Goodwin men experience dreams of a lifetime through BBE championship
By Jennie Zeitler, Staff Writer
Brad Goodwin’s clearest memory of the final moments in the Belgrade-Brooten-Elrosa (BBE) High School Class A boys basketball championship game is seeing his son, Brian, stand still, holding the ball in his hands for the last few seconds of the game, with a big smile on his face.
“After the buzzer I just sat on the bench and watched the celebration, to soak it all in,” Brad said. “I got to watch my kids cut nets down.”
Brad Goodwin has coached basketball at every level. He assisted in college, then spent 12 years with high school coaching. He has been with the elementary school for 17 years, and is now the assistant coach at BBE High School.
After going into the 2011 championship game unbeaten, it was wrenching to lose. But BBE had a perfect season this year and gathered quite a following.
During one game, senior Connor Goodwin fell onto some elderly ladies when he reached to save a ball, and heard later from people sitting near, that one of the ladies exclaimed, “I touched him.”
The Goodwin men have lived lives steeped in basketball. Sophomore Brian remembers playing with a Fisher-Price hoop at home even before kindergarten.
Brad has been a basketball person his whole life. “Basketball taught me so many things,” he said, “more than any textbook did. To see this result is the accumulation of all those experiences.”
“And this group of young men just ‘get it’ — they know what it is about,” said Brad.
As far as the Goodwins are aware, there has never before been an unbeaten season in Brooten or Belgrade history, before or after the schools consolidated.
“Going to state was our year-long goal — the chance was good — but we still had to do the work,” Brad said.
The basketball team’s fans regularly packed the gym, and not just at home games. The fans followed the team to every away game.
“I saw people coming to games, I haven’t seen in years,” he said. “I think we had close to more fans in Pierz than they did.”
One of the highlights of the past season for Connor was the night he made his 1,000th career point, on Feb. 2, against New London-Spicer.
“It was a home game,” Connor said. “The game stopped, and the coach talked about me and gave me the ball, and I ran up to give it to my mom.”
When asked what it meant to be playing basketball with their dad coaching, Brian said, “It’s good to have him there when we play; he always gives good advice.”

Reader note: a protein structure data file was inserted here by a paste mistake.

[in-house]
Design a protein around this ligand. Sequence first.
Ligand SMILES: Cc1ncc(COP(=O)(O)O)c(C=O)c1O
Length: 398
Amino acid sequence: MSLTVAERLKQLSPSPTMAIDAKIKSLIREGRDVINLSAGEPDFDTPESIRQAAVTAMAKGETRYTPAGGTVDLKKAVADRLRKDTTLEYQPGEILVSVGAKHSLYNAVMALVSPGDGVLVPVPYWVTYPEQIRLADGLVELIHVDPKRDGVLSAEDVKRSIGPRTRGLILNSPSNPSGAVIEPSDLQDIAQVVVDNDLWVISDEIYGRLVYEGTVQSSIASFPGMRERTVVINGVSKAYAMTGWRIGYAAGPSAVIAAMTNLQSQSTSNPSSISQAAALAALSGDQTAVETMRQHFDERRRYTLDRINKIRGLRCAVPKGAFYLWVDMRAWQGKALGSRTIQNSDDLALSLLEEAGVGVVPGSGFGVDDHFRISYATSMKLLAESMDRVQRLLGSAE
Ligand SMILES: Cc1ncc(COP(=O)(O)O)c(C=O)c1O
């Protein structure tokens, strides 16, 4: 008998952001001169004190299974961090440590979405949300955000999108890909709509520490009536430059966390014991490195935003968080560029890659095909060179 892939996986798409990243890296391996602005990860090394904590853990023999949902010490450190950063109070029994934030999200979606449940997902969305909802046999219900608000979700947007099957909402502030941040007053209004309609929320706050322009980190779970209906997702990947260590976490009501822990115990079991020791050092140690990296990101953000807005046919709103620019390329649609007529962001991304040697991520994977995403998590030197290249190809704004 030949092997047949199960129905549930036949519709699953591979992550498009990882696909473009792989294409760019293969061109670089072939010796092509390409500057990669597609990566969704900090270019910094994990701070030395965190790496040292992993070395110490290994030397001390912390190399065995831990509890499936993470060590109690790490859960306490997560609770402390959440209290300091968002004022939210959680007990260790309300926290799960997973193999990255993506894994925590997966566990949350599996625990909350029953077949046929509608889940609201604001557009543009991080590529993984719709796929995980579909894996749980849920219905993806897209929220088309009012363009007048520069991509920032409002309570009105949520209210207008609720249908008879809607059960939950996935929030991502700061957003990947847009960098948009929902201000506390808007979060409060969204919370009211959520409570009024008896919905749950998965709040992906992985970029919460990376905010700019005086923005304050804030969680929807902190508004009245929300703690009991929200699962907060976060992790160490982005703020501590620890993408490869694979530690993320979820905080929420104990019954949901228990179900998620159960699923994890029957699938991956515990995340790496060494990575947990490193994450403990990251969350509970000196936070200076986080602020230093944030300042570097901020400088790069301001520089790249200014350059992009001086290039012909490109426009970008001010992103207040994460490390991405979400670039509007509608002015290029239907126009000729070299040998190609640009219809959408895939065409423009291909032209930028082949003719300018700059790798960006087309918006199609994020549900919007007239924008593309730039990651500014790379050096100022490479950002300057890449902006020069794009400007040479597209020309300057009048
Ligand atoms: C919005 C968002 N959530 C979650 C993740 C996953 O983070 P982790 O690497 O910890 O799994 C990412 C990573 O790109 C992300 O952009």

Connor said, “It’s been a lot of fun playing when Dad’s there. He knew just what kind of tips to give us.”
One of Connor’s most meaningful memories was getting to play with his older brother, Matt, when he was a sophomore, and then playing with his younger brother, Brian, when he was a senior.
“All three of the boys were on the court at the same time during a summer scrimmage in Sauk Centre one year,” said Brad.
“And there was also a pair of brothers on the team. At one point, the five of these boys were on the floor at the same time,” he said.
Brian’s favorite aspect of playing basketball is simply being with his teammates, friends he’s known pretty much his whole life. “Getting to go out and play with them is what makes it good,” he said.
Connor sees the satisfaction in taking all the hard work from practice and showing people what the team can do.
But there are funny moments too. During one game, Connor was bending over to pick up a ball and accidentally kicked it out of bounds, something he can laugh about now.
He has been recruited by the University of Wisconsin – Superior for Division III basketball, and is looking forward to starting practice in August.
Regarding next year’s team, Brian said, “It would be nice to go back to state. We’ll see what next year brings.”
“I just hope it’s a lot of fun for them,” Brad said. “Sometimes I wonder if people are going to expect too much; they’re just young men. After going 65-1 for two years, people have forgotten what it’s like to lose.”
The final tally on the scoreboard is clearly not the most important thing for Brad Goodwin. “I like watching these kids grow up and become young men,” he said, “talking to them years later when they have their own kids.”